Immunological Aspects of Renal Disease
Human kidneys play an integral role in the development of primary or secondary immunologic diseases. As a major filter-ing organ, the kidneys, which represent about 0.5 percent of the human body mass, receive 20 percent of the total cardiac out-put. The enormous blood flow (1 L/min) to the renal microcirculation exceeds that observed in other major vascular organs (heart, liver, and brain). Urine is produced after a complex process of glomerular fil-tration, tubular transport, and reabsorption at a rate of 1 ml/min. Cellular elements involved in immunity thereby have a high probability of interacting with glomeru-lar and tubular cells that may or may not cause renal disease.
Sufficient knowledge of the anatomy and histology of the kidney is vital in understanding the pathogenesis of renal diseases. The renal corpuscle, or glomeru-lus (Figure 17.1), is composed of capillary tuft lined by a thin layer of endothelial cells; central region of mesangial cells and its surrounding matrix; and visceral and parietal epithelial cells with their respec-tive basement membranes. The glomeru-lus is primarily responsible for production of ultrafilrate from the circulating plasma. The filtration barrier between the blood-stream and urinary space is made up by the fenestrated endothelium, the glomeru-lar basement membrane (GBM), and the slit pores seen between the foot processes of the visceral epithelium (Figure 17.2).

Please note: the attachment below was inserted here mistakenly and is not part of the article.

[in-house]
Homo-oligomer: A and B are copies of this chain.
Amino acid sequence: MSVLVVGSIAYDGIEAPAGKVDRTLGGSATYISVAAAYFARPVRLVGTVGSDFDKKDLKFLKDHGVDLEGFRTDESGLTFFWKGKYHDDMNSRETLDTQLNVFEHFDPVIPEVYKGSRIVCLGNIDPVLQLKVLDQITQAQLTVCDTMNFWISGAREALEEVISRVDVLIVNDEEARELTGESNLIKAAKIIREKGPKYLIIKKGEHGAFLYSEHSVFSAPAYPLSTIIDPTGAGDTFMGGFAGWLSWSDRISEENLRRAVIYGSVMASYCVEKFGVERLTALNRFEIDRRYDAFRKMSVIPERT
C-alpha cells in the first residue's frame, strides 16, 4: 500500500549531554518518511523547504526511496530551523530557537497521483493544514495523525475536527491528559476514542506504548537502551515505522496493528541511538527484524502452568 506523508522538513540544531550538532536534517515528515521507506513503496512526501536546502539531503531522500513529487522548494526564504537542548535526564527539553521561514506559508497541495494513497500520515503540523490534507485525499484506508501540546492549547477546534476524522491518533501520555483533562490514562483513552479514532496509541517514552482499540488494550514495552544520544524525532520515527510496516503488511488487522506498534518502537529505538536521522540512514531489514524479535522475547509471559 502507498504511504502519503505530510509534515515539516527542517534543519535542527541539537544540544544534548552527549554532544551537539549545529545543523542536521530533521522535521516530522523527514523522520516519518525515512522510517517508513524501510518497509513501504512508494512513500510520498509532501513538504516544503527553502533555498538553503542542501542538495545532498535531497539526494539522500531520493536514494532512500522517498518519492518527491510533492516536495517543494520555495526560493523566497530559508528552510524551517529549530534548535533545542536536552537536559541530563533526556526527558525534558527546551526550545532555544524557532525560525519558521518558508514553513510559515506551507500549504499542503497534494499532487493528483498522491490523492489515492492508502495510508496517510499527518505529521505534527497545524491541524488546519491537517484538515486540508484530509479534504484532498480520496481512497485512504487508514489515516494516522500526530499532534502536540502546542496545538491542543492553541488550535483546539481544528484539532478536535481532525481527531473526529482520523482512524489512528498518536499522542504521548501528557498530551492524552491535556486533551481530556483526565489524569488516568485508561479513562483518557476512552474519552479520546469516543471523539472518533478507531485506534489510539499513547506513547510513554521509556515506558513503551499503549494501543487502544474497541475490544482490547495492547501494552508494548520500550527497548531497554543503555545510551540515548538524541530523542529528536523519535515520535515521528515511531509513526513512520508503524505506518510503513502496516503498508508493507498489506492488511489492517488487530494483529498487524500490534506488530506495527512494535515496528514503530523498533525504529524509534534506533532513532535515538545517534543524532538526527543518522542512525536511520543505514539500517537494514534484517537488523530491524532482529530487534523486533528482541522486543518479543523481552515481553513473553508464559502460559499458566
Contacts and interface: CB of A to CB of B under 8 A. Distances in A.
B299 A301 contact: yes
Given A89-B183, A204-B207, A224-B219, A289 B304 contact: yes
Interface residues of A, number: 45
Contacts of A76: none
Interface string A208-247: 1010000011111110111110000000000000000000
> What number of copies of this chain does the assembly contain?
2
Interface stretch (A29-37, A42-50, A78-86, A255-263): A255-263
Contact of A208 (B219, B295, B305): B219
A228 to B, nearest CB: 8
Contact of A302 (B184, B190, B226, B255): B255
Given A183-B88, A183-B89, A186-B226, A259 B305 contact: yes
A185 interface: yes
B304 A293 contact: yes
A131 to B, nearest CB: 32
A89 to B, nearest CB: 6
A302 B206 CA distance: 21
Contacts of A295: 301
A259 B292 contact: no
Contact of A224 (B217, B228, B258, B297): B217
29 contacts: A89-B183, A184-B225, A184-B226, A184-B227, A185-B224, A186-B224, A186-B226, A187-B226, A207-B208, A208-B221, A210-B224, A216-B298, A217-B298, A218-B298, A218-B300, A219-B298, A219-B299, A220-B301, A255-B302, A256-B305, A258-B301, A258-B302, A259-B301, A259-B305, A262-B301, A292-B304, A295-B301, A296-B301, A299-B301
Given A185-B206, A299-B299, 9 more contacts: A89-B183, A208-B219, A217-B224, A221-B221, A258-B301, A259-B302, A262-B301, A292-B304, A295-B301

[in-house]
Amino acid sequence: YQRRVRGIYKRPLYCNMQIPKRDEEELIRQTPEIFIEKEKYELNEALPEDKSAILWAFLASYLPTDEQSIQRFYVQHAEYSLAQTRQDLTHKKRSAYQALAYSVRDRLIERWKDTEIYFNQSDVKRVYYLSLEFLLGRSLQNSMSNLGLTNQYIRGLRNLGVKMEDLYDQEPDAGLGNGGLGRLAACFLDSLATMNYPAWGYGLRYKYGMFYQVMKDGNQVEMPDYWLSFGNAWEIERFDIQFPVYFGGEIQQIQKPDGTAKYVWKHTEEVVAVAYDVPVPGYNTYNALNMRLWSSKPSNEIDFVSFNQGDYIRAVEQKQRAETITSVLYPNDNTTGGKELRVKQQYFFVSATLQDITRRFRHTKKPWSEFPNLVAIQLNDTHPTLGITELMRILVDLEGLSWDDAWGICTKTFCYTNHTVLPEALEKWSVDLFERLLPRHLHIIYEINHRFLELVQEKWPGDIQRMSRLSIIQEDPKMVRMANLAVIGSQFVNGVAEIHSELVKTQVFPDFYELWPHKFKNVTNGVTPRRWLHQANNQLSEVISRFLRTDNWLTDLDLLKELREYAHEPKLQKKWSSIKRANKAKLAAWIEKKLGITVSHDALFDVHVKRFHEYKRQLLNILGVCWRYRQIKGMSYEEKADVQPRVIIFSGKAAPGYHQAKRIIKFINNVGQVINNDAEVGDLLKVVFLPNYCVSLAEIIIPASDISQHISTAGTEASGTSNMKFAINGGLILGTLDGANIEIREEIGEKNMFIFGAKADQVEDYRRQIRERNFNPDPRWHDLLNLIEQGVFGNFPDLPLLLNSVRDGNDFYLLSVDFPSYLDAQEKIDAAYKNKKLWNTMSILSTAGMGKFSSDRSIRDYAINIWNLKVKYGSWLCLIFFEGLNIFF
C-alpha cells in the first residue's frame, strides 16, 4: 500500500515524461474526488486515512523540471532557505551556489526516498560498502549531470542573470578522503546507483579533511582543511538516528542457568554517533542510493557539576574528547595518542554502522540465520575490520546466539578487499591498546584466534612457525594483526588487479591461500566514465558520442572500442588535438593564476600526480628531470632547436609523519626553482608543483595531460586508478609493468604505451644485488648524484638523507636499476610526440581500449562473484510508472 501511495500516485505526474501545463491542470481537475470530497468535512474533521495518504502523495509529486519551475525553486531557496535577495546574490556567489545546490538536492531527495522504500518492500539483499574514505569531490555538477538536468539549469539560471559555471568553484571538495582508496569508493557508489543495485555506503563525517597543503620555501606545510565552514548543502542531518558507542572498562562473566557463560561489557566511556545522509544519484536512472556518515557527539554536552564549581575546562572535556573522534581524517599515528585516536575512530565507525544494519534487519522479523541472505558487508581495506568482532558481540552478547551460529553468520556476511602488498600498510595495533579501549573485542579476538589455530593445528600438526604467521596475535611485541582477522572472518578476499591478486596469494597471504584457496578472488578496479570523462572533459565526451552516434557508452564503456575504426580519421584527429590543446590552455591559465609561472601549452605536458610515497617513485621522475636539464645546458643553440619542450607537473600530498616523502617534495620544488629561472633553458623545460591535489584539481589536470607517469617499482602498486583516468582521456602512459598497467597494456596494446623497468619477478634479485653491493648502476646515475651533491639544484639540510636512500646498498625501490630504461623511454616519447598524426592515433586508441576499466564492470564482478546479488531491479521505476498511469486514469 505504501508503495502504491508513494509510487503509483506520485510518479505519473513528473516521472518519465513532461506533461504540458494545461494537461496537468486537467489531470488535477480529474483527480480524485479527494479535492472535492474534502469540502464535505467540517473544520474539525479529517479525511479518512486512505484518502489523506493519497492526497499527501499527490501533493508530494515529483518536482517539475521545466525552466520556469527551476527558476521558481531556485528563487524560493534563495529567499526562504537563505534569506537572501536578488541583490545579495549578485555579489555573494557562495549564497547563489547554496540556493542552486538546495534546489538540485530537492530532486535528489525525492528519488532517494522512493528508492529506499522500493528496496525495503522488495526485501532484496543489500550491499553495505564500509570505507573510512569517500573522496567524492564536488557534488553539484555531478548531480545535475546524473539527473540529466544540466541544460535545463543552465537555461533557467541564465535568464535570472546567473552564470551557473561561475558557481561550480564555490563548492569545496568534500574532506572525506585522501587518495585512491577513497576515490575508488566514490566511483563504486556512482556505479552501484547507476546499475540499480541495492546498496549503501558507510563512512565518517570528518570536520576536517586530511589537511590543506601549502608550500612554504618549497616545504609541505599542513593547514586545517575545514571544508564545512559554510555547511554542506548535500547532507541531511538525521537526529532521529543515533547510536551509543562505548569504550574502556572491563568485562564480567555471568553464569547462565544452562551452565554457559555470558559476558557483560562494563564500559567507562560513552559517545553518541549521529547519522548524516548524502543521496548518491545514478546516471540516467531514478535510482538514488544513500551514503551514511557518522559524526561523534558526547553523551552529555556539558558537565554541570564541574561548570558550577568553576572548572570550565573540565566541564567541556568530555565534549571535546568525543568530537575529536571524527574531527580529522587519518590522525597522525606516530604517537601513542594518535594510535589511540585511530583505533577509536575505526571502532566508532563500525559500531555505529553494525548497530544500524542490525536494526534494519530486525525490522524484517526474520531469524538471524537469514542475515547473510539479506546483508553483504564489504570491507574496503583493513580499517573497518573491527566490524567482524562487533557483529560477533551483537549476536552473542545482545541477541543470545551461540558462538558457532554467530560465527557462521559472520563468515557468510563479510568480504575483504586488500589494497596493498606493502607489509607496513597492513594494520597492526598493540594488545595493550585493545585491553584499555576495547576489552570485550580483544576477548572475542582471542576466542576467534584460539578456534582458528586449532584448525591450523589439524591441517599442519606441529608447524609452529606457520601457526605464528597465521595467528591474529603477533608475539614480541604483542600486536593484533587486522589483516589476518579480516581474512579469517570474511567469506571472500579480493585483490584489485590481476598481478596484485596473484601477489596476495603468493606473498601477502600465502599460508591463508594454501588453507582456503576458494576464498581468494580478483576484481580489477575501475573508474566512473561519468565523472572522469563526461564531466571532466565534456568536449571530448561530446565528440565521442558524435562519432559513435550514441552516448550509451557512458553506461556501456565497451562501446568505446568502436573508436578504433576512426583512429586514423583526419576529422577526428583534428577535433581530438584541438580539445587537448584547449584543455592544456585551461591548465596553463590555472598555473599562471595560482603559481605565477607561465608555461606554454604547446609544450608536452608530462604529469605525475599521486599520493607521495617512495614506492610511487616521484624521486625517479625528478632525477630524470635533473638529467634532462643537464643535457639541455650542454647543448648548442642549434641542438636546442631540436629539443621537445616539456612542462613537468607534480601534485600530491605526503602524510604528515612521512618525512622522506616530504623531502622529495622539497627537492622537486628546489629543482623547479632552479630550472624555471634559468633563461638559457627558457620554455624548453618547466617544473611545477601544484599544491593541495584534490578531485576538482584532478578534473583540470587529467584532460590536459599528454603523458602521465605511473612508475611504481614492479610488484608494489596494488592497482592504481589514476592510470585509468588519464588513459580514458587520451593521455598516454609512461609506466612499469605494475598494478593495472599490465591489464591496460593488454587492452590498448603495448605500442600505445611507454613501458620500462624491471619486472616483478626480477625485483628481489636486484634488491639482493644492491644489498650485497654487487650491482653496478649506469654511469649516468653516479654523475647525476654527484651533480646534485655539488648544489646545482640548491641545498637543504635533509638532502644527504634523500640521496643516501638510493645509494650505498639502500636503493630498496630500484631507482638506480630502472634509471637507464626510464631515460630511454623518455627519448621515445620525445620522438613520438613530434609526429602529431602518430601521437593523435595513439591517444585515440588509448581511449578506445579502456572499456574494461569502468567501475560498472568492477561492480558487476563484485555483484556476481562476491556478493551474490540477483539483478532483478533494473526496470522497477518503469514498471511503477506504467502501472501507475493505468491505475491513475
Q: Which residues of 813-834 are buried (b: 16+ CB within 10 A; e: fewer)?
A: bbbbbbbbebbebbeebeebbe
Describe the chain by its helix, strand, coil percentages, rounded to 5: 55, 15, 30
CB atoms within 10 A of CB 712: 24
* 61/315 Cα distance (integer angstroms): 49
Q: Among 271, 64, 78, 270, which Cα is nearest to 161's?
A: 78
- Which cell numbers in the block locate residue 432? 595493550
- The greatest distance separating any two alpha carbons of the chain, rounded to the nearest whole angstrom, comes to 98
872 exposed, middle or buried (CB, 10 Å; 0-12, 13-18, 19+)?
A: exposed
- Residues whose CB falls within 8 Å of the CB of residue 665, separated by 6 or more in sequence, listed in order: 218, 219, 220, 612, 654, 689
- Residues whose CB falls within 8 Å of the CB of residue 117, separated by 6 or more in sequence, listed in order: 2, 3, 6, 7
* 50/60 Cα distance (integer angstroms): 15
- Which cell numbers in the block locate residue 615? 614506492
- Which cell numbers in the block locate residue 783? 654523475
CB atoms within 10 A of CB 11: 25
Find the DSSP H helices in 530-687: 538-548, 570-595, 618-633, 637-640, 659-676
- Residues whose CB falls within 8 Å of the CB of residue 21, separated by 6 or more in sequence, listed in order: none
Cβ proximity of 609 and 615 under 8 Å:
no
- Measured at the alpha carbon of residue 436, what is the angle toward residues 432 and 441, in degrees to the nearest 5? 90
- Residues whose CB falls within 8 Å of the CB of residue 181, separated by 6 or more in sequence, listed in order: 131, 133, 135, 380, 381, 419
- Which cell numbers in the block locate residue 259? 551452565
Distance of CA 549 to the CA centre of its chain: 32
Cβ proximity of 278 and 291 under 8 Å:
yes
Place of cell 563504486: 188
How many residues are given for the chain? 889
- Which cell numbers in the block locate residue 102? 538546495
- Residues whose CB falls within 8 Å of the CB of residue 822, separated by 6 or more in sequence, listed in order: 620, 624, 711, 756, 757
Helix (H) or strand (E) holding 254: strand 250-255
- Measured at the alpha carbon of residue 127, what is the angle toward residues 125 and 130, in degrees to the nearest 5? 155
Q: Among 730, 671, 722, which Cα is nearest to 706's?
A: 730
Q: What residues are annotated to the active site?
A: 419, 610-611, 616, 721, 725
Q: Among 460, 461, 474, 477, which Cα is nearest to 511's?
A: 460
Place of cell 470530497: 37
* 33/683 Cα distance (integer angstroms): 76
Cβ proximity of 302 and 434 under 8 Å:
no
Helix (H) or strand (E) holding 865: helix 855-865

The endothelial cells form as initial barriers to cellular elements of the blood (red blood cells, leucocytes, and platelets) in reaching the subendothelial space. The endothelial cells produce nitric oxide (a vasodilator) and endothelin-1 (a potent vasoconstrictor), chemical substances implicated in inflammatory processes. The surface of the endothelial cells is negatively charged, which may contribute to the charge-selective properties of the glomeru-lar capillary wall.
The GBM is composed of a central dense layer called the lamina densa and two thin layers called the lamina rara externa and lamina rara interna. The GBM is formed by the fusion of the endothelial and epithe-lial basement membrane during develop-ment. Biochemical analyses of the GBM have identified the presence of glycopro-teins (type IV collagen, laminin, fibronec-tin, and endotactin/nidogen) and heparan sulfate proteoglycans (perlecan and agrin). Type IV collagen is the major constituent of the GBM. Gene mutations involving those encoding α3, α4, and α5 isomeric chains of the type IV collagen can cause Alport’s syndrome. This is a progressive form of glomerulopathy associated with ocular abnormalities, hearing loss, and microscopic hematuria. Electron micro-scopic examination shows thinning of the GBM in early stages of the disease. With progression of the renal disease, there is a longitudinal splitting of the GBM, produc-ing a laminated appearance.